The savagery of Ariana Grande bombing will not stop Manchester’s inexorable rise, writes Alec Marsh
The atrocity in Manchester on Monday night comes at a time when this great northern centre has truly emerged as England’s second city. For centuries this coveted position was claimed by Birmingham – or before that Liverpool – but over the last decade Manchester, rather like its football teams, has scaled the leaderboard.
Indeed separate polls of public opinion in 2007 and 2015 showed that it was considered by popular sentiment the second city over these other claimants, not just of England but of the UK. (The most recent, by YouGov, gave Manchester 30 per cent, Birmingham 20 per cent with Edinburgh on 12 per cent.)
And it has had a good run of it: the population of Manchester increased by more than 100,000 between 2001 and 2011, unlike many cities which saw their populations decline as their inner cities fade. Much of this rise has taken place in areas such as the Northern Quarter, helping to achieve the sort of organic civic renewal that has so eluded town-planners elsewhere. It’s now a highly desirable location for young professionals to live and work. Some 50,000 people are employed in financial and related services in the city, with 230,000 so employed across the North West. It’s also one of the country’s leading centres for medical research.
In March one property index showed that house prices in Manchester – now being billed as the capital of the Northern Powerhouse – had increased by 8.8 per cent, far ahead of the average of regional cities. London’s growth, meanwhile, had slowed to 5.6 per cent over the same period. That same month Savills noted that Manchester had accounted for the lion’s share of overseas office acquisitions in Britain’s regional cities in 2016 – worth £489 million. The commercial investment in the city was being led by German and then US buyers, according to Savills. ‘Manchester’s global profile means international demand for commercial property assets in the city looks set to remain strong throughout 2017,’ declared Nick Okell, from Savills Manchester.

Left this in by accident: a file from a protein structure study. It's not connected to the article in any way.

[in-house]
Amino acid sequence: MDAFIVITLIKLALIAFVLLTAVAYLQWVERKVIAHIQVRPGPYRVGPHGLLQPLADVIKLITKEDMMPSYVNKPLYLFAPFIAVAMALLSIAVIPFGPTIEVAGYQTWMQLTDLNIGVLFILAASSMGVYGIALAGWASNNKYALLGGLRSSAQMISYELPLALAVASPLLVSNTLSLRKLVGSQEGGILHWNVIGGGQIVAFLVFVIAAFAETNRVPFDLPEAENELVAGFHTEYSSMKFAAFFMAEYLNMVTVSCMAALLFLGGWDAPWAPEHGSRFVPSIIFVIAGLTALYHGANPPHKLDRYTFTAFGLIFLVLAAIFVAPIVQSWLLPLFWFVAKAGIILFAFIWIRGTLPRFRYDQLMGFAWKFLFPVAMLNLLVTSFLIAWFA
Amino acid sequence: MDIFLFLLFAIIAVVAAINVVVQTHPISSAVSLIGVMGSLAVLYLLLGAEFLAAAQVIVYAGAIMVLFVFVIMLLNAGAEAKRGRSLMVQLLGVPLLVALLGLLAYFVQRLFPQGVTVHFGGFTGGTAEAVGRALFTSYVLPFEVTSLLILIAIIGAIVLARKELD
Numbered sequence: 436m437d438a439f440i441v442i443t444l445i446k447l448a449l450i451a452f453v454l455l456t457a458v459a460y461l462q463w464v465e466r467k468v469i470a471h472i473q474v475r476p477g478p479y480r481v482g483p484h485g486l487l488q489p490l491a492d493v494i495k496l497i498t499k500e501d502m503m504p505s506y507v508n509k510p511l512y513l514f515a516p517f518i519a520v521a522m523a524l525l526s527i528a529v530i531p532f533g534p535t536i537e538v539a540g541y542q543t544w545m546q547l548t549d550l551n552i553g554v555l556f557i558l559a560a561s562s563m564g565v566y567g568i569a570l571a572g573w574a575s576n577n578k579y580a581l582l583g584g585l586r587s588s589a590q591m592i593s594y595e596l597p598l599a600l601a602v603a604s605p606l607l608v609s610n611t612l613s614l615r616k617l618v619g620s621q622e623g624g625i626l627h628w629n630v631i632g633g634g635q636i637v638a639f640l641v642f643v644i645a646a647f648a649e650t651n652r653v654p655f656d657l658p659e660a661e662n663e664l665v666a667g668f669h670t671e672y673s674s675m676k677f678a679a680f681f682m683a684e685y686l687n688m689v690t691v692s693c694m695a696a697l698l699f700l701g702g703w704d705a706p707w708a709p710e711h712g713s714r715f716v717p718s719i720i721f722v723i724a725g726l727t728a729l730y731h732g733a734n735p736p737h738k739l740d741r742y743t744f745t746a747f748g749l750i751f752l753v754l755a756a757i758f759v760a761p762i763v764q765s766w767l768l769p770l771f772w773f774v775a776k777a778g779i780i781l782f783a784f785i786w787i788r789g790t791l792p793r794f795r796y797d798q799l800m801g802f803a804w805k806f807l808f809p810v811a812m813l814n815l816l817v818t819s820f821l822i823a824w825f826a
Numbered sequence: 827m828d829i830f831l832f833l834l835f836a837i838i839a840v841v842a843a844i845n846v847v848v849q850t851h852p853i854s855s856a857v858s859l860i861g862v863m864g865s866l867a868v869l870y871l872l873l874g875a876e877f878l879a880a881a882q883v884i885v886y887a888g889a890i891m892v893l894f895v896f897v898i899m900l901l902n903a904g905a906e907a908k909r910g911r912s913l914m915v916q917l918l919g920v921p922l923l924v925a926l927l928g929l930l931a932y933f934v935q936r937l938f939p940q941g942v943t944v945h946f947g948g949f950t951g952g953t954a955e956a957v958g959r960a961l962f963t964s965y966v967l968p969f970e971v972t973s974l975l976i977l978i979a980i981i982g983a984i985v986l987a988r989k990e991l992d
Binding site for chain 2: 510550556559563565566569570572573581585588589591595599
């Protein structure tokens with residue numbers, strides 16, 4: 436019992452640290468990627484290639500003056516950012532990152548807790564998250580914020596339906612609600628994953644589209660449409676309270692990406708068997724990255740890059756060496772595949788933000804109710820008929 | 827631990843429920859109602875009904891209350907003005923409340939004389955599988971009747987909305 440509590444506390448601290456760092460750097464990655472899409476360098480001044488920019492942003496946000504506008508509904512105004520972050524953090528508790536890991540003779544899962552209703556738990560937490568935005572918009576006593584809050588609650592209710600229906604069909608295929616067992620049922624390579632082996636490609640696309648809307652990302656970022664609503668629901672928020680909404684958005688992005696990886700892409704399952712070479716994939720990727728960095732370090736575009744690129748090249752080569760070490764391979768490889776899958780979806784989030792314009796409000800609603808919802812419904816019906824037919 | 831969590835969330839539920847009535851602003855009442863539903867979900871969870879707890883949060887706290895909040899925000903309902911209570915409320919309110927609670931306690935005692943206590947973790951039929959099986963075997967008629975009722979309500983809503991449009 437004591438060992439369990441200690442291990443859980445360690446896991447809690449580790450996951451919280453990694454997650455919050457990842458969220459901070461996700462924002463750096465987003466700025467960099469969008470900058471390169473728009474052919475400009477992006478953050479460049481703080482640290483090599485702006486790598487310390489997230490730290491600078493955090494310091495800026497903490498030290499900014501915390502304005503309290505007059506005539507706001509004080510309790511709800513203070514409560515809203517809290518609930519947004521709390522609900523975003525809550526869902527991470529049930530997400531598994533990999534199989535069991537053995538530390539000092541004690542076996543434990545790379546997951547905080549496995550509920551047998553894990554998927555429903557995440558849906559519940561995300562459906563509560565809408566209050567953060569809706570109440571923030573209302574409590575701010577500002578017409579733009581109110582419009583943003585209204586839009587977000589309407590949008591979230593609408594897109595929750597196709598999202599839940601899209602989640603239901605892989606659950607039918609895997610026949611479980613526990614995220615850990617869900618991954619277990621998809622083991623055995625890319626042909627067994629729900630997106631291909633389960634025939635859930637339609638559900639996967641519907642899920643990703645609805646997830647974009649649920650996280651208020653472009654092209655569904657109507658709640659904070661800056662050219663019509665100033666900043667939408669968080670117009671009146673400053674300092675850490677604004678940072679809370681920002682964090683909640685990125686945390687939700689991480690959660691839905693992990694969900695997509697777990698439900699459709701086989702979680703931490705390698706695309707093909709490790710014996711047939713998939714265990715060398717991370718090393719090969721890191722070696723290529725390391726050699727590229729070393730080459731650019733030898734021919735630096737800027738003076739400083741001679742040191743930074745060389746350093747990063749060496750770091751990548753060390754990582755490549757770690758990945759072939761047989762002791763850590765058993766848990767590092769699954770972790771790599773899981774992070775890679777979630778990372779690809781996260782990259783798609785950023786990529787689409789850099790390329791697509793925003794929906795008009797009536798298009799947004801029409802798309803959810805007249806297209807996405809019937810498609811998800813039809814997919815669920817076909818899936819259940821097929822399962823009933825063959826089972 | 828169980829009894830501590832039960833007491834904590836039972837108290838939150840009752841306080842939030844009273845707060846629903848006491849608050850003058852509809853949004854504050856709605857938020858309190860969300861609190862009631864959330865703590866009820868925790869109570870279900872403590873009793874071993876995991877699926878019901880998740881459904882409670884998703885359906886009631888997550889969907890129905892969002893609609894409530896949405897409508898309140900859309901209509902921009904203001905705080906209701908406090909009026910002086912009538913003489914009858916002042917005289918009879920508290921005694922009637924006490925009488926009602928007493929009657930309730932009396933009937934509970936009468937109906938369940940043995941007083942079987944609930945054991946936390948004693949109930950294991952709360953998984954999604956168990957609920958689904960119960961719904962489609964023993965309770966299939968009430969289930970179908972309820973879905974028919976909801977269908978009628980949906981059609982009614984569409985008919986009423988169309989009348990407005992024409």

With a new Greater Manchester mayoralty in place – Andy Burnham, the former Labour Health Secretary was elected just weeks ago – one hopes that its renewed civic pride and sense will continue to grow. Likewise with HS2 due to stop at Manchester Piccadilly and Manchester Airport (sharply reducing journey times to Birmingham, London and elsewhere), there are other strategic reasons to remain positive about continuing growth.
None of which will be impeded by terrorists such as Salman Abedi. The human cost of Monday night will always be felt by the loved ones of those who died, and by the survivors who will continue to carry the scars of the attack. But terror will fail to temper Manchester’s spirit, which will continue to be evident in its human and economic prosperity.
Alec Marsh is editor of Spear’s